|Gilles Jacquier/YouTube video still|
Just as I wrote my last post, yet another journalist has been killed, this time in Syria, in what appears to be another deliberate attack on the press.
Gilles Jacquier, 43, an award-winning foreign correspondent for French state television’s France 2, was killed last week in an attack in the divided city of Homs, during a government-escorted media trip, according to an article in the Guardian.
Jacquier, who became the first foreign reporter to die since protests against President Bashar al-Assad’s regime began in March, was among a group of 15 journalists, when he was hit in the attack, which also killed nine Syrians and injured 25.
Prosecutors in Paris have launched a preliminary murder inquiry as the French government presses for an independent inquiry.
France Télévision filed a legal complaint over the death, saying many unanswered questions remained. The corporation’s editorial director, Thierry Thuillier, said the journalists had been travelling in a convoy with a military escort that strictly controlled media’s movements.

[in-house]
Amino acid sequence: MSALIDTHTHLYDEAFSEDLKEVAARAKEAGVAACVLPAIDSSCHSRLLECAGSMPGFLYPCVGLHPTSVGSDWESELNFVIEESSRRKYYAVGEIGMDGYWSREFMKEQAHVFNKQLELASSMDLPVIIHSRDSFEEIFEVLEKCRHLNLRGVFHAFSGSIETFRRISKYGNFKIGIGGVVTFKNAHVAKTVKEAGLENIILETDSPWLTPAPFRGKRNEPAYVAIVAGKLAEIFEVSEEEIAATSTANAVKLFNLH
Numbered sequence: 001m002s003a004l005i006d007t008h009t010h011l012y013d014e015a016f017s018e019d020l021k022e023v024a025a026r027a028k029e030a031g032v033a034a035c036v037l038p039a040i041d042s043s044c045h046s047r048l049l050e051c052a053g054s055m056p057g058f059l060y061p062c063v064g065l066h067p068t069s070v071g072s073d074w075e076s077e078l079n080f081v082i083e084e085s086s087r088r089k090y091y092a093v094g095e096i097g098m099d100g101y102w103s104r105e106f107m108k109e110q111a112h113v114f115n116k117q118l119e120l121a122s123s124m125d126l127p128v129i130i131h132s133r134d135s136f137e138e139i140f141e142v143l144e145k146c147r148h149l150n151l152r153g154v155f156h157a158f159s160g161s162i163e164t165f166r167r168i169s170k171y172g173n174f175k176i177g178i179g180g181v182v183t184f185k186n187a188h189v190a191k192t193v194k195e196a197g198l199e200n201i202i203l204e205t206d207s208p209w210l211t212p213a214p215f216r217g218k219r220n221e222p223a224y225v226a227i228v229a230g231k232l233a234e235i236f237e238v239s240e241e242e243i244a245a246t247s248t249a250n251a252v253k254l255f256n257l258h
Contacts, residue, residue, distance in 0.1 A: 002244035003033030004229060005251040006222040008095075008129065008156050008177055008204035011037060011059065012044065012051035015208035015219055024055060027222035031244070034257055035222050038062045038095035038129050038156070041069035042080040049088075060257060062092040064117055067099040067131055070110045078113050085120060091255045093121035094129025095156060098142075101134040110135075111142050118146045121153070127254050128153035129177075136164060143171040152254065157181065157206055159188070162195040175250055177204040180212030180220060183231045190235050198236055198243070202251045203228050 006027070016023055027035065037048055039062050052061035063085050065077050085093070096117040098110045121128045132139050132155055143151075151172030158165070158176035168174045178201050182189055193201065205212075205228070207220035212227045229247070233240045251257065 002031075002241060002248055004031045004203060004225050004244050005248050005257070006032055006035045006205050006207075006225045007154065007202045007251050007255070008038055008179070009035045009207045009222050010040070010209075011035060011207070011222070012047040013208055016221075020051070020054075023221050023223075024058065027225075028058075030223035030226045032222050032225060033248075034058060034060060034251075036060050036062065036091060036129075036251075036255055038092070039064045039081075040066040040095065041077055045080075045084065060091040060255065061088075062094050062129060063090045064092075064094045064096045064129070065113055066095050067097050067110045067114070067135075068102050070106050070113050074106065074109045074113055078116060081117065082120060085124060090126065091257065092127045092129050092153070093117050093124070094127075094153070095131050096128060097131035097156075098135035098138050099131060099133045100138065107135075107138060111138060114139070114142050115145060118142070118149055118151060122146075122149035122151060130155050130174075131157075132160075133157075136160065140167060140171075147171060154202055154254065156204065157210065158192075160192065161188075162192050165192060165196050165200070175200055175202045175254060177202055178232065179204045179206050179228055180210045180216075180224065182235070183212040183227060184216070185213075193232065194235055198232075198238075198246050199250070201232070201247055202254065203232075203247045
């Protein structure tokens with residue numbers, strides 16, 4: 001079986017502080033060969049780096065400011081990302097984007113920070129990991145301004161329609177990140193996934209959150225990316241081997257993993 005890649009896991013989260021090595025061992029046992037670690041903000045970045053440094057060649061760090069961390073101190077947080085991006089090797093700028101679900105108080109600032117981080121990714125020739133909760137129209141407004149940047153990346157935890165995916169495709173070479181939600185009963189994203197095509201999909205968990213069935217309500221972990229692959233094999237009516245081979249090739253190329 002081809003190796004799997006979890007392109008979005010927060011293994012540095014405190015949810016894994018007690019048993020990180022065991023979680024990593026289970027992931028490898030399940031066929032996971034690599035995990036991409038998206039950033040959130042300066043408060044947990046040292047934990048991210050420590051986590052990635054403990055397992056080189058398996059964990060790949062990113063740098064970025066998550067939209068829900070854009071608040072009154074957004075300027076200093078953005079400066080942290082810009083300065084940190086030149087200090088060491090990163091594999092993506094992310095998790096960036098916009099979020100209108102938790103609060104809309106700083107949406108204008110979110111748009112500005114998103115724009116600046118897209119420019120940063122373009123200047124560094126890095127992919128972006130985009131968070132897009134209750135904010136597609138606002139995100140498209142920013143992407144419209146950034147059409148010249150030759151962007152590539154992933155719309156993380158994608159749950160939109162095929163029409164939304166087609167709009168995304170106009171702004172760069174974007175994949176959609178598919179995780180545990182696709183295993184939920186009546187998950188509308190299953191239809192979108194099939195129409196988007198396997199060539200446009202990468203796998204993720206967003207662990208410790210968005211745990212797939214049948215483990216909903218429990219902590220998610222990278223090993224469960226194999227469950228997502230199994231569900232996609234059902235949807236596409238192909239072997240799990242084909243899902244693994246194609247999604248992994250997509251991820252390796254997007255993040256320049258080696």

“When the firing started, the Syrian soldiers withdrew, leaving the journalists alone and exposed. Why?” Thuillier asked. He added the fire that killed the journalist seemed to have been very “precise.”
An unnamed source close to president Nicolas Sarkozy was quoted in Le Figaro newspaper saying: “The Syrian authorities were the only ones who knew that a group of western journalists were visiting Homs that day and in which neighbourhood they were in…One could believe it was an unfortunate accident. But it’s a bit of a coincidence for a regime that seeks to discourage foreign journalists and demonise the upbringing.”
Sarkozy has been one of Assad’s most outspoken western critics, calling repeatedly for him to leave office.